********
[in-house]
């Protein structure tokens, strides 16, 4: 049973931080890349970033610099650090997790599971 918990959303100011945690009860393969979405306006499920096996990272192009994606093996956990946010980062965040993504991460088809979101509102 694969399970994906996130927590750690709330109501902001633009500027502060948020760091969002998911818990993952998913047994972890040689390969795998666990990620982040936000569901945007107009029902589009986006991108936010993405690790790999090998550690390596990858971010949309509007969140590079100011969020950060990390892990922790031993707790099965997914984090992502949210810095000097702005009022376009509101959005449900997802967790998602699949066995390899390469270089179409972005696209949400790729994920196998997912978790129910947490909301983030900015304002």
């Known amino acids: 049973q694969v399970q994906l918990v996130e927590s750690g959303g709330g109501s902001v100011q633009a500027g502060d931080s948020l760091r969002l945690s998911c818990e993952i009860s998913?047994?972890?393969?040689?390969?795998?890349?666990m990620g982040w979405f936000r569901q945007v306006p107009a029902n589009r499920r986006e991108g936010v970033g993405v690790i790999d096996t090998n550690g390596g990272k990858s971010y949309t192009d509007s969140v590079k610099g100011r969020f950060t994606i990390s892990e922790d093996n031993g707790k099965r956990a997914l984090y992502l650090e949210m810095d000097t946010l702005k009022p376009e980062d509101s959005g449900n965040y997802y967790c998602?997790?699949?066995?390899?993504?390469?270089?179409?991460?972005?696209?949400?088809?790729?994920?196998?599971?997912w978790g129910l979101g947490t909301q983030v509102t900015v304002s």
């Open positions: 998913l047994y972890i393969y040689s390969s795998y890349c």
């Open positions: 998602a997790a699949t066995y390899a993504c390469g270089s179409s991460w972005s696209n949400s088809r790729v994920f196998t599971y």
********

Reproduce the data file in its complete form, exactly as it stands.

[in-house]
């Protein structure tokens, strides 16, 4: 049973931080890349970033610099650090997790599971 918990959303100011945690009860393969979405306006499920096996990272192009994606093996956990946010980062965040993504991460088809979101509102 694969399970994906996130927590750690709330109501902001633009500027502060948020760091969002998911818990993952998913047994972890040689390969795998666990990620982040936000569901945007107009029902589009986006991108936010993405690790790999090998550690390596990858971010949309509007969140590079100011969020950060990390892990922790031993707790099965997914984090992502949210810095000097702005009022376009509101959005449900997802967790998602699949066995390899390469270089179409972005696209949400790729994920196998997912978790129910947490909301983030900015304002």
């Known amino acids: 049973q694969v399970q994906l918990v996130e927590s750690g959303g709330g109501s902001v100011q633009a500027g502060d931080s948020l760091r969002l945690s998911c818990e993952i009860s998913?047994?972890?393969?040689?390969?795998?890349?666990m990620g982040w979405f936000r569901q945007v306006p107009a029902n589009r499920r986006e991108g936010v970033g993405v690790i790999d096996t090998n550690g390596g990272k990858s971010y949309t192009d509007s969140v590079k610099g100011r969020f950060t994606i990390s892990e922790d093996n031993g707790k099965r956990a997914l984090y992502l650090e949210m810095d000097t946010l702005k009022p376009e980062d509101s959005g449900n965040y997802y967790c998602?997790?699949?066995?390899?993504?390469?270089?179409?991460?972005?696209?949400?088809?790729?994920?196998?599971?997912w978790g129910l979101g947490t909301q983030v509102t900015v304002s």
């Open positions: 998913l047994y972890i393969y040689s390969s795998y890349c």
């Open positions: 998602a997790a699949t066995y390899a993504c390469g270089s179409s991460w972005s696209n949400s088809r790729v994920f196998t599971y």